Switching power supply with a dead (0v) "low" side

Discussion in 'The Projects Forum' started by FalconFour, Jan 5, 2009.

  1. FalconFour

    Thread Starter New Member

    Jan 5, 2009
    5
    0
    I'm working on a curious project here. I tried searching the forum but I couldn't find any similar topics, so hopefully this isn't a duplicate, but if it is, please point me in the right direction. I've got a switching power supply from an Xbox 1.4 that is on the fritz. I just got it from someone that said it doesn't turn on. It was extremely dirty (roaches, to be exact) and I pieced it apart and ran all the electronic and plastic pieces (not mechanical or optical) through a short cycle in the dishwasher, then promptly dried it all off with compressed air. Visually, all the components are now as good as new. No leaking or bulged capacitors, no discolored ICs, no burn marks on the PCB, no blown traces - everything, visually, is absolutely perfect... well, except the annoying white "glop" all over the place from the factory...

    However, the original problem still seems to remain. The power supply is almost completely dead. I've got a bit of experience with electronics - I've fixed a few things, but just the same, I've been unable to fix a large stack of things as well (that I hope one day to understand how to fix). Armed with a cheap $3 digital multimeter from Harbor Freight, I've found that the initial stages of the AC filtering seem to work fine. The large (250v/470µF) filtering capacitor charges up to 166.4 volts (line voltage is 120v/60hz). But that's where the line stops.

    I checked the standby (3.3v) transformer for AC output (on the low side) while plugging the power supply in to line, and I got nothing. Zero volts. All the low side capacitors are also showing 0.00 volts. Everything is dead straight from the get-go.

    I've also got another power supply that exhibits exactly the same behavior. It was working just fine until I broke apart the high and low sides to try diagnosing another power supply... with, you guessed it... that same problem as well. After re-assembling and resoldering the components, the power supply no longer functions at all. And I've got another few PC ATX power supplies in the closet that, you guessed it, do the same thing. So to be able to understand why this happens on this power supply would help me fix a LOT of things.

    Armed with just a cheap digital multimeter, what can I do to, perhaps, fix this? :(

    edit: One minute, I'll try looking up some information about the Xbox power supply for those curious. ;)

    edit: Crap, there's no technical information available. I coulda sworn I made this edit days ago though...
     
    Last edited: Jan 6, 2009
  2. S_lannan

    Active Member

    Jun 20, 2007
    247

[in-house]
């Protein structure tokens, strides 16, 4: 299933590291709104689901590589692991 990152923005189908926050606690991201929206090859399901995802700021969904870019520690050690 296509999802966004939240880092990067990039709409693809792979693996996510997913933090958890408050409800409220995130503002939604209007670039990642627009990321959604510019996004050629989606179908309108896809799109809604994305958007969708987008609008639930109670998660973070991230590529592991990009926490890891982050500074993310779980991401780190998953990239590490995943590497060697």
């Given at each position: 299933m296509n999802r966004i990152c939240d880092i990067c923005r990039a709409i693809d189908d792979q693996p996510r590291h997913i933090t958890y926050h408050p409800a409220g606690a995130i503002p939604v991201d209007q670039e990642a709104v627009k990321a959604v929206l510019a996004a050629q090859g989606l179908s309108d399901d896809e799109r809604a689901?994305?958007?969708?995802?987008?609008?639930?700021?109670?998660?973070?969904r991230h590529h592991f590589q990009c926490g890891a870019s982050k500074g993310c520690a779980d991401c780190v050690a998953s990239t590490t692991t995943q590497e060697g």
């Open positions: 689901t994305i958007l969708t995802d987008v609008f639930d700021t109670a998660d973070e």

2
    i hope you are using an isolation transformer!
     
  3. FalconFour

    Thread Starter New Member

    Jan 5, 2009
    5
    0
  4. FalconFour

    Thread Starter New Member

    Jan 5, 2009
    5
    0
    Hm, I didn't expect I'd need to bump this. :(
     
  5. FalconFour

    Thread Starter New Member

    Jan 5, 2009
    5
    0
    Bump for any useful information...?
     
  6. SgtWookie

    Expert

    Jul 17, 2007
    22,182
    1,728
    Do a Google search for "ATX bench supply" - you'll find out that PC switching power supplies require a load on +5v before they'll regulate properly.

    If you've tried separating the various circuits in the PS, you may've fried the MOSFETs.
     
  7. FalconFour

    Thread Starter New Member

    Jan 5, 2009
    5
    0
    Well as far as the load on the supply, well... even with a load, it doesn't do anything at all. It acts completely dead - zero volts; the output filter capacitors never charged (and that would provide enough of an initial load to show *some* activity, charging the capacitors). Voltage in, nothing out.

    As for that other power supply I separated, I didn't plug it back in until I soldered the pieces back together (I was only using one side for testing)... then it just did the same thing that the Xbox supply is doing: bricked. Nothing. Zombified. If it blew the MOSFET(s), wouldn't they have, perhaps, gotten hot first? Or showed a sign of damage?

    Another thought I had was those awkward phototransistors that provide the feedback loop for the power supply... do those ever "go out"? Like, the LED can get too much current, or the receiving end can get messed up somehow? They seem like a sort of hackish solution...
     
  8. mik3

    Senior Member

    Feb 4, 2008
    4,846
    63
    A schematic of the circuit (if you can find one) and a more accurate explanation of what is going on may help.
     
  9. Teaser

    New Member

    Aug 30, 2007
    2
    0
    Do a quick check of the rectifier diodes.
     
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